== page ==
A Wedding

By James Tate 1943–2015 James Tate
She was in terrible pain the whole day,
as she had been for months: a slipped disc,   
and there is nothing more painful. She

herself was a nurse’s aide, also a poet   
just beginning to make a name for her   
nom de plume. As with most things in life,

it happened when she was changing channels   
on her television. The lucky man, on the other   
hand, was smiling for the first time

in his life, and it was fake. He was
an aspiring philosopher of dubious potential,   
very serious, but somehow lacking in

essential depth. He could have been
an adequate undertaker. It was not the first   
time for either of them. It was a civil

service, with no music, few flowers.   
Still, there was a slow and erratic tide
of champagne—corks shot clear into the trees.

And flashcubes, instant photos, some blurred   
and some too revealing, cake slices that aren’t   
what they were meant to be. The bride slept

through much of it, and never did we figure out   
who was on whose team. I think the groom   
meant it in the end when he said, “We never

thought anyone would come.” We were not the first   
to arrive, nor the last to leave. Who knows,   
it may all turn out for the best. And who

really cares about such special days, they   
are not what we live for.

James Tate, “A Wedding” from Selected Poems. Copyright © 1991 by James Tate. Reprinted with the permission of Wesleyan University Press.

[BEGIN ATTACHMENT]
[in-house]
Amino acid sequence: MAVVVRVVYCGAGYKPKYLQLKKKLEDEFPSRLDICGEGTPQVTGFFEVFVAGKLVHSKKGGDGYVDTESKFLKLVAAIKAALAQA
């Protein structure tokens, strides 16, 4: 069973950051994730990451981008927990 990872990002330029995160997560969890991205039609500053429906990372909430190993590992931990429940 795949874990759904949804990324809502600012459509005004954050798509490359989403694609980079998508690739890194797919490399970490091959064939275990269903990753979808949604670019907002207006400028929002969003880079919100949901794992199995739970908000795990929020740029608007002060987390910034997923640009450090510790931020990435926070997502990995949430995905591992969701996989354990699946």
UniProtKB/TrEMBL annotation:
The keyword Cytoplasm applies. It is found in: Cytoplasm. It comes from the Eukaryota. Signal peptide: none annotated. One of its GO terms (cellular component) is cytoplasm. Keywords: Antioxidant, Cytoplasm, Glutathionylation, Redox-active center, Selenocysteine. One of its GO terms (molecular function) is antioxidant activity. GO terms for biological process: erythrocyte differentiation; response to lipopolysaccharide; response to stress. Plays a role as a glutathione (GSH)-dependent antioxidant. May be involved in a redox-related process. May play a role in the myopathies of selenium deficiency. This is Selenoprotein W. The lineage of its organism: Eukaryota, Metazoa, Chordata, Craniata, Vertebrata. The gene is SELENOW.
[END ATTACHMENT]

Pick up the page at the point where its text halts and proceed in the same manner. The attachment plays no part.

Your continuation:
Source: Selected Poems (1991)

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Poet James Tate 1943–2015

POET’S REGION U.S., New England

Subjects Living, Marriage & Companionship, Disappointment & Failure

 James  Tate


James Tate was born in 1943 in Kansas City, Missouri. He earned a BA from Kansas State College and an MFA from the Iowa Writers' Workshop. He was the author of over 20 poetry collections, including The Ghost Soldiers (2008); Worshipful Company of Fletchers (1994), which won the National Book Award; Selected Poems (1991), which won the Pulitzer Prize and the William Carlos Williams Award; Distance from Loved Ones (1990); Constant . . .

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SUBJECT Living, Marriage & Companionship, Disappointment & Failure

POET’S REGION U.S., New England

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Originally appeared in Poetry magazine.

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